THE URE AS A VEHICLE FOR EMPLOYABILITY DEVELOPMENT – THE SUPERVISORS SPEAK

Lauren Jane Carpenter, Susan Rowland

Abstract


BACKGROUND
Employers report STEM graduates lack appropriate employability skills and work experience (Deloitte Access Economics, 2014). In a previous study (Carpenter, Nguyen, Davis & Rowland, 2021), we explored Undergraduate Research Experience (URE) students’ understanding of employability and how they believe the URE impacted their employability development. Findings showed students had a varied and underdeveloped employability understanding.

AIMS
In this study, we considered URE supervisors, aiming to determine the current landscape of employability understanding of supervisors who facilitate UREs.

DESIGN AND METHODS
Eighteen supervisors across six UQ Faculty of Science Schools were interviewed. A deductive, inductive hybrid approach was implemented, using the validated framework previously developed in the student study.

RESULTS
Supervisors commonly defined employability as ‘the ability to be employed’. Most supervisors commented employability learnings were tacitly gained as a side-effect of URE engagement when asked how they facilitated employability development in UREs. Supervisors’ examples predominantly focused on research pathways and felt strongly they should not be responsible for their students’ employability development.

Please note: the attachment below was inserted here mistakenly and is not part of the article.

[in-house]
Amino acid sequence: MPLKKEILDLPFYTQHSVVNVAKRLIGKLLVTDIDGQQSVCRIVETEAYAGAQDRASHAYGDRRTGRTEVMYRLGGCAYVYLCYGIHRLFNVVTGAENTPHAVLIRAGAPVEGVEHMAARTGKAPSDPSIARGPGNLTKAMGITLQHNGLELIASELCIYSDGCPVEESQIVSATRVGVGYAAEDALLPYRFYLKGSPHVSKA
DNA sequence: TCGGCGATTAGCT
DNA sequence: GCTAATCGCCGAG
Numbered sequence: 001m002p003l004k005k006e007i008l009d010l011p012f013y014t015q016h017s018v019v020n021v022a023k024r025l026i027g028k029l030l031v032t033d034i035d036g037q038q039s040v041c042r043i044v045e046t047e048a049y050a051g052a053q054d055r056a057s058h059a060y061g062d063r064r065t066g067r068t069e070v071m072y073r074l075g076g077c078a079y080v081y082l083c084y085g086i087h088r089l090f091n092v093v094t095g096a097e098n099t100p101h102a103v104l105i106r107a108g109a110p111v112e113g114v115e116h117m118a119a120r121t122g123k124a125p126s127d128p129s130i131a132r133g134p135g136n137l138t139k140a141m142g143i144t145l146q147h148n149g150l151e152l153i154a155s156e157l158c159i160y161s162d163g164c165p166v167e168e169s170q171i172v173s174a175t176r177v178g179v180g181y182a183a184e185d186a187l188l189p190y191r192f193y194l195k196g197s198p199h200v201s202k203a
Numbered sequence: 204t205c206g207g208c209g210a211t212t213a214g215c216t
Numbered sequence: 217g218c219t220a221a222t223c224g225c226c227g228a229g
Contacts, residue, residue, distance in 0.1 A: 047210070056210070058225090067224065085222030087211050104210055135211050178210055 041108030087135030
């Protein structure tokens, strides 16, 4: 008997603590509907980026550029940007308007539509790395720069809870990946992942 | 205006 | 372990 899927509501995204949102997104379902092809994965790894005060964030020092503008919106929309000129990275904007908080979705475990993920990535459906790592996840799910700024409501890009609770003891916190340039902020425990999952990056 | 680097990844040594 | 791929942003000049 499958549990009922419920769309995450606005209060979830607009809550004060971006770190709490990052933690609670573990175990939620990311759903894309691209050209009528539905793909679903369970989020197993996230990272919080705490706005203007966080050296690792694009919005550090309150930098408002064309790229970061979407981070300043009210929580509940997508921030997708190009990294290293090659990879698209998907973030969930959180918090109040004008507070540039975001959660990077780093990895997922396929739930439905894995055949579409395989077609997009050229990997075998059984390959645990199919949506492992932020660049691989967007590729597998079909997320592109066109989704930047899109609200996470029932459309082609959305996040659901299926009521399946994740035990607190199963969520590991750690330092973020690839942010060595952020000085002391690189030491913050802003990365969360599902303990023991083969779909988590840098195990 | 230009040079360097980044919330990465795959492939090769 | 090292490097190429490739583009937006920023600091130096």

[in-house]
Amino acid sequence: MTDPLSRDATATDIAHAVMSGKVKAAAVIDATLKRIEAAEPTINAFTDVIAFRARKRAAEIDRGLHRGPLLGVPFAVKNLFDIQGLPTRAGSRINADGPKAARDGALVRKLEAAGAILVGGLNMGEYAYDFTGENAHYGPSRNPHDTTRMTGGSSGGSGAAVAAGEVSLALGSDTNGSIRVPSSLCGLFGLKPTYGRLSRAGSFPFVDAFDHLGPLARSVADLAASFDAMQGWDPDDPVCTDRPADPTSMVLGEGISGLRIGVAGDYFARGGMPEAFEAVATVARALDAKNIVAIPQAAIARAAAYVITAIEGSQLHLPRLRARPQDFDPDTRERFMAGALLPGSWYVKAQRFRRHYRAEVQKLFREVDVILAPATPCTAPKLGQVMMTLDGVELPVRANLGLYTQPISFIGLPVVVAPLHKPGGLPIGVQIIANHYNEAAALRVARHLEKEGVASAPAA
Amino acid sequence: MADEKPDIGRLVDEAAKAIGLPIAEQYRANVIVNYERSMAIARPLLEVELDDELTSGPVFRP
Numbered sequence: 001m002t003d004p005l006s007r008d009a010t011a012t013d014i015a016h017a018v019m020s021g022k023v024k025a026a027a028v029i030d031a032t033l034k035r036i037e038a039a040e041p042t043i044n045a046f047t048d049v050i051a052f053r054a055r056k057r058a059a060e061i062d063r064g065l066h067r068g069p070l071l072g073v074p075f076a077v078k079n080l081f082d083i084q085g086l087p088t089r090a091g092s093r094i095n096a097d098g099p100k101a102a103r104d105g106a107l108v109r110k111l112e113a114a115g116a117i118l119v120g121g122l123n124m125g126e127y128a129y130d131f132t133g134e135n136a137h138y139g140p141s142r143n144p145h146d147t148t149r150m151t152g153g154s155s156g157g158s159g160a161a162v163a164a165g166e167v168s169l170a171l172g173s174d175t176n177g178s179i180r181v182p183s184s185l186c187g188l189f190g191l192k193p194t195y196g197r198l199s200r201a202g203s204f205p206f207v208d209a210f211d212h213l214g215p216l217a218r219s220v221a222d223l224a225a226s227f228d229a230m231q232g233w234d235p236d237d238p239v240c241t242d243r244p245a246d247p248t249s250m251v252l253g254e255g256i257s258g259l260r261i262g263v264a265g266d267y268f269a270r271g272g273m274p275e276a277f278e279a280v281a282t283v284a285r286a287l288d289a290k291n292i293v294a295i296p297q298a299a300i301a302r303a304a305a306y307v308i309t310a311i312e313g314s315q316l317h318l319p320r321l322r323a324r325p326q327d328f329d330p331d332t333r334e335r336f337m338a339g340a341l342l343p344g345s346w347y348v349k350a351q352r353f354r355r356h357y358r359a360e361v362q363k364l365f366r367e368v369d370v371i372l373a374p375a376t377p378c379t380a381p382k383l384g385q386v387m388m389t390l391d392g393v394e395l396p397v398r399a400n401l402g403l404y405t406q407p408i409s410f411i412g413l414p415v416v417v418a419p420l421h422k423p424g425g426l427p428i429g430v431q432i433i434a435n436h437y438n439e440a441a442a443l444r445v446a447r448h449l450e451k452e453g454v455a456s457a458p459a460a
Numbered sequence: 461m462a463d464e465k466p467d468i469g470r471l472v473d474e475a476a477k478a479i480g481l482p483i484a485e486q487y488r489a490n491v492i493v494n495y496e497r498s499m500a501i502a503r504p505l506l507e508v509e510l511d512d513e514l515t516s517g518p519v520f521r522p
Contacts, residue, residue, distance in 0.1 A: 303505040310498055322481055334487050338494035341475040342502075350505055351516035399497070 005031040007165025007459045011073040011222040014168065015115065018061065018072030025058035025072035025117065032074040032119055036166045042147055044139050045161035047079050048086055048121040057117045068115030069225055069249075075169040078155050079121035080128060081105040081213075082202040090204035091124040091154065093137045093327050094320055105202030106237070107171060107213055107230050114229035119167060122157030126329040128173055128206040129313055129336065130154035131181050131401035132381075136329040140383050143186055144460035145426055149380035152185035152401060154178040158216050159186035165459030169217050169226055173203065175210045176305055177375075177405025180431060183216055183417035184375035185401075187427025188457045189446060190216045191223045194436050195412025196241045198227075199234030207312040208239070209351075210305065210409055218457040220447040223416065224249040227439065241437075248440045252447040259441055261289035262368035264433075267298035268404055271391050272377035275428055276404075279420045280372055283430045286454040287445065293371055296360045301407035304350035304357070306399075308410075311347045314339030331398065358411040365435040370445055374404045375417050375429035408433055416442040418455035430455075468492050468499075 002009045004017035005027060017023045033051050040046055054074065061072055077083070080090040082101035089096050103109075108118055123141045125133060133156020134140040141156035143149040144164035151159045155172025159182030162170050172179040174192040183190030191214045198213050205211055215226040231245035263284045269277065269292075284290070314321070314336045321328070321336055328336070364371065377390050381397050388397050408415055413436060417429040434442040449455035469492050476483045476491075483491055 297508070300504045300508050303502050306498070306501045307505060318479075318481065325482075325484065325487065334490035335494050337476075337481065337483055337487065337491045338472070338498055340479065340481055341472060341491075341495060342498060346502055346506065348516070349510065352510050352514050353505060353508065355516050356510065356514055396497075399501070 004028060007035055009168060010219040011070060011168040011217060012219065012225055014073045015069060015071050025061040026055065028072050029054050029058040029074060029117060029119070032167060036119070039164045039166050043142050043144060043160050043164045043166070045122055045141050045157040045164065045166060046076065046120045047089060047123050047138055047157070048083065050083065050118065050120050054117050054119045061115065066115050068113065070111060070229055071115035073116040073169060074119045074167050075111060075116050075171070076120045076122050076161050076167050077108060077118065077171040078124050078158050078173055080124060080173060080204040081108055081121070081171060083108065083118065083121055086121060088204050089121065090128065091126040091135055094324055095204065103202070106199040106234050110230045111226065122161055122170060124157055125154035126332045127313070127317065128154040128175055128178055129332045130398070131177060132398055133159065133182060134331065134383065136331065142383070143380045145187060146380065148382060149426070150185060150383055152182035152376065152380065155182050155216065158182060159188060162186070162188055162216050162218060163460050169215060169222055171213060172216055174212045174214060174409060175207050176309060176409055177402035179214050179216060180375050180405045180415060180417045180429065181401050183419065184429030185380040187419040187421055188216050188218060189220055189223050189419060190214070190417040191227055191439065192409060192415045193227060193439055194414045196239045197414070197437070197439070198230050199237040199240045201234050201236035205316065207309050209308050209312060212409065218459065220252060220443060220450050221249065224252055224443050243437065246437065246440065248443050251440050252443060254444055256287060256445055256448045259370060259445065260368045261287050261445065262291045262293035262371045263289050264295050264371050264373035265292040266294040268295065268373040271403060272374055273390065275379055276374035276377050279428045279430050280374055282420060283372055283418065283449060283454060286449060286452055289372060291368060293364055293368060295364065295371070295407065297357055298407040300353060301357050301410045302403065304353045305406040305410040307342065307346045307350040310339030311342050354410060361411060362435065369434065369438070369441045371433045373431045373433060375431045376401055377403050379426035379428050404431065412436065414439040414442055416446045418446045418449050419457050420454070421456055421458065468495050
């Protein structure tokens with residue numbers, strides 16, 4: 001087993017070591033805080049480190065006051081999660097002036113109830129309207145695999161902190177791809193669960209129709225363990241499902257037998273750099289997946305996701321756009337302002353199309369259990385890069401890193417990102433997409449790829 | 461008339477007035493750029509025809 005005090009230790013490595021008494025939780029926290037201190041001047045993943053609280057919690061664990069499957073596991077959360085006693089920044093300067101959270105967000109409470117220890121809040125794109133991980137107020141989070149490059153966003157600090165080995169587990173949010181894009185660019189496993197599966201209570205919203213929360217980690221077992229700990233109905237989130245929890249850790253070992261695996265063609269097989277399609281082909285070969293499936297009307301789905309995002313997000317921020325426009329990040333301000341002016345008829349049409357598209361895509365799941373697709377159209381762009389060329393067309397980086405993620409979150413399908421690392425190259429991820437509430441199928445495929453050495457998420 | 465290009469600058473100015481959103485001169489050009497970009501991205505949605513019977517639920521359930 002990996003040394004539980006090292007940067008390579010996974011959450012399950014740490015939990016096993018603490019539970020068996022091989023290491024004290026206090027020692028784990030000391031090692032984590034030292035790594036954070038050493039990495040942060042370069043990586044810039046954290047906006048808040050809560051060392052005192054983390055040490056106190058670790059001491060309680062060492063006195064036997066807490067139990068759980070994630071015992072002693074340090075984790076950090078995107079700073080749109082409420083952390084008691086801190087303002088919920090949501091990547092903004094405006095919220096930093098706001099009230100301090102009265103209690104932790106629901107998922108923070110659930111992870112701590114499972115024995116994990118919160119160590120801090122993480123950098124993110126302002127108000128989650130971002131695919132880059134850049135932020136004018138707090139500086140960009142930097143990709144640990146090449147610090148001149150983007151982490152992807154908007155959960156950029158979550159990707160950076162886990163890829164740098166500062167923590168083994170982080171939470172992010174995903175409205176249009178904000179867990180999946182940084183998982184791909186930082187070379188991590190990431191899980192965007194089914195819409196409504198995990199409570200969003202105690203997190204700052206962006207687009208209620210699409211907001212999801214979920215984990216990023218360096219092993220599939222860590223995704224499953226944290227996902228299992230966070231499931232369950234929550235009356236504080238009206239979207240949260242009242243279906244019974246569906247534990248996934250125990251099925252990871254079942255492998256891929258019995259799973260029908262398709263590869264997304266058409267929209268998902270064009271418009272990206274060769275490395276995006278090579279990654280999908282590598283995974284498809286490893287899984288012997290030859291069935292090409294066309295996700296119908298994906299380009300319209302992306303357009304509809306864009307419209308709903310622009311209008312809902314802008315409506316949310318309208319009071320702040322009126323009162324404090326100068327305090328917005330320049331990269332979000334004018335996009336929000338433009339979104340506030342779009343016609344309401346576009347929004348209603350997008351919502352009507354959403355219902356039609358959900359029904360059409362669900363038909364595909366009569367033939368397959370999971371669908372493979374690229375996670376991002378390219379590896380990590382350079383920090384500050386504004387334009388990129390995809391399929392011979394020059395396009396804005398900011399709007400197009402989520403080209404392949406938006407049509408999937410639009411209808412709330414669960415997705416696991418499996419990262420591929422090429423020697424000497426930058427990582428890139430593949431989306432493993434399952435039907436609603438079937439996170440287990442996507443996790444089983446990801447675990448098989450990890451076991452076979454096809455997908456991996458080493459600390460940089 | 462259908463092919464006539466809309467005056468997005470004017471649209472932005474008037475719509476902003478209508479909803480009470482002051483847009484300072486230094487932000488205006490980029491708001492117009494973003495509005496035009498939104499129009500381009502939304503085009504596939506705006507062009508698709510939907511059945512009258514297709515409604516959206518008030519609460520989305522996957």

CONCLUSIONS
This supports a need for explicit employability curricula, to improve student employability understanding. In this presentation, we will discuss the role of supervisors in student employability development, and some ways to move forward that leverages the URE without placing additional teaching strain on supervisors.

REFERENCES
Deloitte Access Economics (2014) Australia’s STEM workforce: a survey of employers: https://www2.deloitte.com/content/dam/Deloitte/au/Documents/Economics/deloitte-au-economics-australia-stem-workforce-report-010515.pdf
Carpenter, L., Nguyen, B., Davis, L. and S. L. Rowland. (2021) The URE as a vehicle for employability development – the student participants’ speak. [In review].

Keywords


Employability, Higher Education, Undergraduate Research Experiences

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